What does ‘good defense’ mean to Barry Trotz?

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Good read here, by NBC Washington’s Adam Vingan, on what playing well defensively means to new Capitals coach Barry Trotz. Because it’s not just about blocking shots and making sure everyone’s in the right positions when the other team has the puck. The main goal of playing good defense is to get the puck back, and to do it as quickly as possible.

“I’m going to tell the players, when you have the puck, I want you to make good decisions and I want you to score some goals and I want you to be hard on people and the puck,” Trotz said. “And if you don’t have it, I want to get it back again so we can re-attack.

“That’s good defense. Defense is about getting the puck quickly so you can do something offensively.”

Got it? Good. Now here’s what Jonathan Toews said after he helped Canada win gold at the Olympics: “As soon as we didn’t have possession, we were working so hard to get it back. We had some skilled, skilled forwards and d-men, but everyone was committed to playing a defensive game, and we created offense off it.”

So, basically the same thing Trotz said.

New Caps general manager Brian MacLellan added this: “It’s not going to be one individual working hard and the others watching. It’s going to be five guys working in sync together hard.”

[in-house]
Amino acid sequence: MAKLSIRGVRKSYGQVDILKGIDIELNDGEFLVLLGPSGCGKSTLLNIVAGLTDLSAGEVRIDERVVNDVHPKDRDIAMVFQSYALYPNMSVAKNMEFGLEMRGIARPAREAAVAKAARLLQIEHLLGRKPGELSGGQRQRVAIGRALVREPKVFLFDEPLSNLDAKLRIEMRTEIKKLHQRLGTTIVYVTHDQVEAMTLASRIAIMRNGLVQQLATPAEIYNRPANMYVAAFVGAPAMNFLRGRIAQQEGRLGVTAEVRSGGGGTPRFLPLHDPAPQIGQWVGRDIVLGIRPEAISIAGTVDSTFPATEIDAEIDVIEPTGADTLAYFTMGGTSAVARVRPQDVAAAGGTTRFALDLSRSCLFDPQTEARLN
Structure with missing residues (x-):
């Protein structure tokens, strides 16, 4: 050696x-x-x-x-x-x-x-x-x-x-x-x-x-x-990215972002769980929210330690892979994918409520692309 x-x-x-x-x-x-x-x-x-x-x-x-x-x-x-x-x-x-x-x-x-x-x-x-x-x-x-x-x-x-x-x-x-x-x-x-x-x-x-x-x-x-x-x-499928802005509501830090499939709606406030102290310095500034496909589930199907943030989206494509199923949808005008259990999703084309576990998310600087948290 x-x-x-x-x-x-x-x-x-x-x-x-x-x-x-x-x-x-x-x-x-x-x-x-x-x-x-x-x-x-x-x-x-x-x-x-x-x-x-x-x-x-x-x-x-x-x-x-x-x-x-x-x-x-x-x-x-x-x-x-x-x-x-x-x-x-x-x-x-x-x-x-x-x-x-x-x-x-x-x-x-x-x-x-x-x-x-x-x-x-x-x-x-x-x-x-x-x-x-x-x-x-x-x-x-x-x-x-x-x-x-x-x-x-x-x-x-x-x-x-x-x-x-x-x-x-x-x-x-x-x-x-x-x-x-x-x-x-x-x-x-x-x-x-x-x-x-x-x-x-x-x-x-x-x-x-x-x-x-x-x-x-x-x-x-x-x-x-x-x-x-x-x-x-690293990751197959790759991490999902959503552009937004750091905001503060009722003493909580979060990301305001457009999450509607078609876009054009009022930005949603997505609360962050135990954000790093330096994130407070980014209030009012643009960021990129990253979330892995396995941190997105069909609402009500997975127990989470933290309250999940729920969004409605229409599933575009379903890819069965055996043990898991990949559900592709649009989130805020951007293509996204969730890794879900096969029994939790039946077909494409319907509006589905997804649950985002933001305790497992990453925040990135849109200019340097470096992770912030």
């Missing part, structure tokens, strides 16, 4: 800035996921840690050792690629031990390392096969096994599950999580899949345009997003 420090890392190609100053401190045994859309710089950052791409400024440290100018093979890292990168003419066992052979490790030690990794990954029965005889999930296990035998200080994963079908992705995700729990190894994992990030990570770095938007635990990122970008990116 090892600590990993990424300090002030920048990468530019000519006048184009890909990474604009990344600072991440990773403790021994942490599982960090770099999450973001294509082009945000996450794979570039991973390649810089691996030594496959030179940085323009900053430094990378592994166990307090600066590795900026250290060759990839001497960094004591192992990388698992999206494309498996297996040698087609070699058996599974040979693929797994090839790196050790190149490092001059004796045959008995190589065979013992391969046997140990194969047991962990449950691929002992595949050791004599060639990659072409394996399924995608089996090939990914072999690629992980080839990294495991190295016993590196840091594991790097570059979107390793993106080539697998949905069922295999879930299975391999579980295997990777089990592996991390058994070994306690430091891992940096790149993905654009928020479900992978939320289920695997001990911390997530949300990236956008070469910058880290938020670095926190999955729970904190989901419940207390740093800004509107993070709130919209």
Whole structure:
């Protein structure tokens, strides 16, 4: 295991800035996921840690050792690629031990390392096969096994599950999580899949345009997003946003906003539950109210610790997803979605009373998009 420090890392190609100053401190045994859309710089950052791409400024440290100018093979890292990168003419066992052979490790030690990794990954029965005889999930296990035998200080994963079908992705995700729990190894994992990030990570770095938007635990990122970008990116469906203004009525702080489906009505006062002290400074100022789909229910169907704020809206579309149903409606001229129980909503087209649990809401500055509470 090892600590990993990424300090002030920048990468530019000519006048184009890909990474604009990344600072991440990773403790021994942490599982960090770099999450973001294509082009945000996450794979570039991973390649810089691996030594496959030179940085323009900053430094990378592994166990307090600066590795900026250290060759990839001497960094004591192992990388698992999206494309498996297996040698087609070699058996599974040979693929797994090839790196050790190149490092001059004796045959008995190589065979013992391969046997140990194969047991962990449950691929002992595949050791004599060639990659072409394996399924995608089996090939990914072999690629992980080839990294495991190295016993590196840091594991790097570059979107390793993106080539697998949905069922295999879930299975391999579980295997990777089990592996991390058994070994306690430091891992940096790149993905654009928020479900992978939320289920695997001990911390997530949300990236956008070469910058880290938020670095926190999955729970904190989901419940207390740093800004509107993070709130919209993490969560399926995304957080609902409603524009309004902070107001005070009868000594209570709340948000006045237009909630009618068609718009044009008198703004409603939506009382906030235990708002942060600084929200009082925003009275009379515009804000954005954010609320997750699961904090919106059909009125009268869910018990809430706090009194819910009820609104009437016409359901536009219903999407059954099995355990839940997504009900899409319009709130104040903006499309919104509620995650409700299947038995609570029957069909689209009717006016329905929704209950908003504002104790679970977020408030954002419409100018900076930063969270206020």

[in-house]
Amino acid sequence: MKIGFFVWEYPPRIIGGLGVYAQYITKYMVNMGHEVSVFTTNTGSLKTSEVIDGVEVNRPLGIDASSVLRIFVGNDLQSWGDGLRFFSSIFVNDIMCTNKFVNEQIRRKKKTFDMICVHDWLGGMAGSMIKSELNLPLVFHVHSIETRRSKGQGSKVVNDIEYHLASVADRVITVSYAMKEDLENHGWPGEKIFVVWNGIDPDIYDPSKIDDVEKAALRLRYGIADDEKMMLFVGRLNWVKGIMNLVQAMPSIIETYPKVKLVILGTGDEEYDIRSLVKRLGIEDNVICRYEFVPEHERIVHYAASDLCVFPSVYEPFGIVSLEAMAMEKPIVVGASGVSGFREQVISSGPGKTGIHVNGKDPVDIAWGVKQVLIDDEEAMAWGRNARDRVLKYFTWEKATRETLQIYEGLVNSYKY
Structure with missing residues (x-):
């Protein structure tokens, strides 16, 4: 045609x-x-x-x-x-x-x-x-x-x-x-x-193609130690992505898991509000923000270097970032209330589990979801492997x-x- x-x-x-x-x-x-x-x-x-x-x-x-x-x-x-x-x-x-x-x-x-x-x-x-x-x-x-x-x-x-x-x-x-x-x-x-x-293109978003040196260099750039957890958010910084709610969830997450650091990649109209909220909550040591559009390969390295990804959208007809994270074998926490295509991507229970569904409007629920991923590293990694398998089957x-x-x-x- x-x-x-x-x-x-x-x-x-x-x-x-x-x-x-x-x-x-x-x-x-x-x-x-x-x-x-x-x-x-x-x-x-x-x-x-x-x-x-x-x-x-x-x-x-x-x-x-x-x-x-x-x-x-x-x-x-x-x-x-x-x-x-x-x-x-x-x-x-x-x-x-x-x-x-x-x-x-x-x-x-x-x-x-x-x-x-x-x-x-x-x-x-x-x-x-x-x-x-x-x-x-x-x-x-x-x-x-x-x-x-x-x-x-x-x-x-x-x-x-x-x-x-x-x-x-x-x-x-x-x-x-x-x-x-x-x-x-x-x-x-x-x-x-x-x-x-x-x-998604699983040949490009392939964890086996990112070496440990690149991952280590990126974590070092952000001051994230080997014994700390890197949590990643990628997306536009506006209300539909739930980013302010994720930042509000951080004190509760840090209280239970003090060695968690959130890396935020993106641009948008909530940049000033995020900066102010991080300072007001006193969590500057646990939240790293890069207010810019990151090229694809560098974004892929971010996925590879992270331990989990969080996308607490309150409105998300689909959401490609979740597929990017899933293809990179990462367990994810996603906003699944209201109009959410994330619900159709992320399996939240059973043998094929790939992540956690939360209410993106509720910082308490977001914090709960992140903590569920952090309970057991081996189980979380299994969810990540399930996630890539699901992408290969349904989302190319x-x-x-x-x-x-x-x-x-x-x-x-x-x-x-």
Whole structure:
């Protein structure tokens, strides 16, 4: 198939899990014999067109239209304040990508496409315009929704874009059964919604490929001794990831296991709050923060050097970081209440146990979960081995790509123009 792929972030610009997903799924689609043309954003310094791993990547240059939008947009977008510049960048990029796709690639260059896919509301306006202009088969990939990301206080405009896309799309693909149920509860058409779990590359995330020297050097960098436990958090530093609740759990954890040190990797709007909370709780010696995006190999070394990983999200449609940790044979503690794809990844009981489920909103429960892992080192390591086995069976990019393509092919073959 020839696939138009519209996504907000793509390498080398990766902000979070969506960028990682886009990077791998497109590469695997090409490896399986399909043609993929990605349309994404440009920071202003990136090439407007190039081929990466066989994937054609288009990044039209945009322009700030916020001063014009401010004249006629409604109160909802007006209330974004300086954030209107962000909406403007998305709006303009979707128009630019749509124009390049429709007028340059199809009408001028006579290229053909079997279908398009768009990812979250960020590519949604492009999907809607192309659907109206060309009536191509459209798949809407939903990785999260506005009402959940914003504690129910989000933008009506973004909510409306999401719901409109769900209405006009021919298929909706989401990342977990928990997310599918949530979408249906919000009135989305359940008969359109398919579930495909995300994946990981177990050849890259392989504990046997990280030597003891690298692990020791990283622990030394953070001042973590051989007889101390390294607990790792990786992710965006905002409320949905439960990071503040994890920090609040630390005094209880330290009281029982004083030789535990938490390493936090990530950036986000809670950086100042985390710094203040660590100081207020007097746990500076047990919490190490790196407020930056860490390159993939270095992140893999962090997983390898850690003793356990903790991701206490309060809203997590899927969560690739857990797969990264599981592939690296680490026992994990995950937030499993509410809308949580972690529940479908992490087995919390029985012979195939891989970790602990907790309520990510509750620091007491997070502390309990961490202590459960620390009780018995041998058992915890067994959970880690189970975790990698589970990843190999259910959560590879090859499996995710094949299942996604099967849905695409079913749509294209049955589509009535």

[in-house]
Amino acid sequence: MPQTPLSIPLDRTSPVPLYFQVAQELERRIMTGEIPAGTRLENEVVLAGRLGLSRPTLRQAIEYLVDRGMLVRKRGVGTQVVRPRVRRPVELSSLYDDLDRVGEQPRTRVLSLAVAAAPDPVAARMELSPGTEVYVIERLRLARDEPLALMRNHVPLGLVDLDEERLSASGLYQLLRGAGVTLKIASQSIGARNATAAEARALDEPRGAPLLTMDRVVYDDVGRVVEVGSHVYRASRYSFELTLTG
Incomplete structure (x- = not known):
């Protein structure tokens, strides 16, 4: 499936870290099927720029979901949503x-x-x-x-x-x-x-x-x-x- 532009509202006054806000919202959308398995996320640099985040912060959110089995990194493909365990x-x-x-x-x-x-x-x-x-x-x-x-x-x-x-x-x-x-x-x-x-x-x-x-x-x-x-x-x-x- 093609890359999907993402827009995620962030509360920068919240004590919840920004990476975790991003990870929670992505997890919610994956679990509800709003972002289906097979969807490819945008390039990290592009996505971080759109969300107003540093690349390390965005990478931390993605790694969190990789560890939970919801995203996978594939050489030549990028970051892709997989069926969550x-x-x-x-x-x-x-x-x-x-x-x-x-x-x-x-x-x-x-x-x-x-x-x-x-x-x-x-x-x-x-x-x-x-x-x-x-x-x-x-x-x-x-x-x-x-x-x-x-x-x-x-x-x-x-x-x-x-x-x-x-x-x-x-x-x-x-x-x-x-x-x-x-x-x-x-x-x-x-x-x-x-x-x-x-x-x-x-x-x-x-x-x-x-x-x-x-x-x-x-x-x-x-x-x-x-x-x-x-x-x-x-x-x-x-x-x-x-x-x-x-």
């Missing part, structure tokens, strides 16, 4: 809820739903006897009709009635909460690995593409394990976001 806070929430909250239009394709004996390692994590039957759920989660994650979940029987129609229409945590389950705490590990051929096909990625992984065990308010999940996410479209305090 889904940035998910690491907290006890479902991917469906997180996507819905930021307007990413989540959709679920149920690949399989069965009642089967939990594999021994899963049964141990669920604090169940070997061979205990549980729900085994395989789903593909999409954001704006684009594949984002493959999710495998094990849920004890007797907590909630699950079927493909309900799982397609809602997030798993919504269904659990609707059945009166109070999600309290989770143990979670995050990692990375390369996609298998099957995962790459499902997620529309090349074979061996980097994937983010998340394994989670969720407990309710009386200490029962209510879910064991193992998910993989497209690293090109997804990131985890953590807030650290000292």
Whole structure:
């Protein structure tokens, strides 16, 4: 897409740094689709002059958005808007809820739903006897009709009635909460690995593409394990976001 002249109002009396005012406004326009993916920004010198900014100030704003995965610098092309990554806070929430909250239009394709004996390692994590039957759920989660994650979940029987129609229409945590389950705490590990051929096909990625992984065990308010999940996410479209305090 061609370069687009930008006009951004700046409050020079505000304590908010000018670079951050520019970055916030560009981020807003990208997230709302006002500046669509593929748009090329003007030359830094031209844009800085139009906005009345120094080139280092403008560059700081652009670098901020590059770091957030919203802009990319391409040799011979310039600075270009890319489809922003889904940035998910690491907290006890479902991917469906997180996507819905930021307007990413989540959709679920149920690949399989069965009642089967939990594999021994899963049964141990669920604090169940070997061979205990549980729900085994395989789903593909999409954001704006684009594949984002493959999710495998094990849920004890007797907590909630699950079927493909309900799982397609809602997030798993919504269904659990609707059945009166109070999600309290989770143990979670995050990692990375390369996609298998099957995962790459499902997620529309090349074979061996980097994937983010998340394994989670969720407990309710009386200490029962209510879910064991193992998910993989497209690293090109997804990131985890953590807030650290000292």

Which, of course, brings us to Alex Ovechkin. Not because he’s the only Capital who needs to play better defensively — far from it — but he does play big minutes, and he is the captain. He’ll need to be on board with what Trotz is selling.

Oh, and just because Ovechkin is a winger, that doesn’t mean he can’t play his part in getting pucks back. Just look at what Marian Hossa does for Chicago, if you want to see what a winger can do defensively.

“Scoring goals is fun, but I think it’s just as fun to steal the puck,” said Hossa.

Now all Trotz has to do is convince the Capitals.

Related: ‘I don’t want to take anything away from the Capitals offensively,’ says Trotz

Video: Senators make Penguins pay for penalties with 1-1 goal

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The Ottawa Senators have defied odds during the Stanley Cup Playoffs, and they’ve done so with what’s often been an ice-cold power play.

They finally struck gold on the man advantage on Tuesday, and at a key moment. The Pittsburgh Penguins were dominating much of the game and pressing for an even bigger edge after Evgeni Malkin made it 1-0.

Maybe the Penguins got overzealous, or maybe officials … finally started making some calls. Either way, the Senators ended up with a 5-on-3 advantage for almost a minute-and-a-half. With that opportunity, Bobby Ryan scored a huge goal for Ottawa on a shot that was both oddly and perfectly placed.

Moments later, Kyle Turris narrowly missed a golden opportunity, so the contest remained tied 1-1.

Despite a late push by the Penguins to finish the second, Game 6 will enter the third period with a 1-1 score.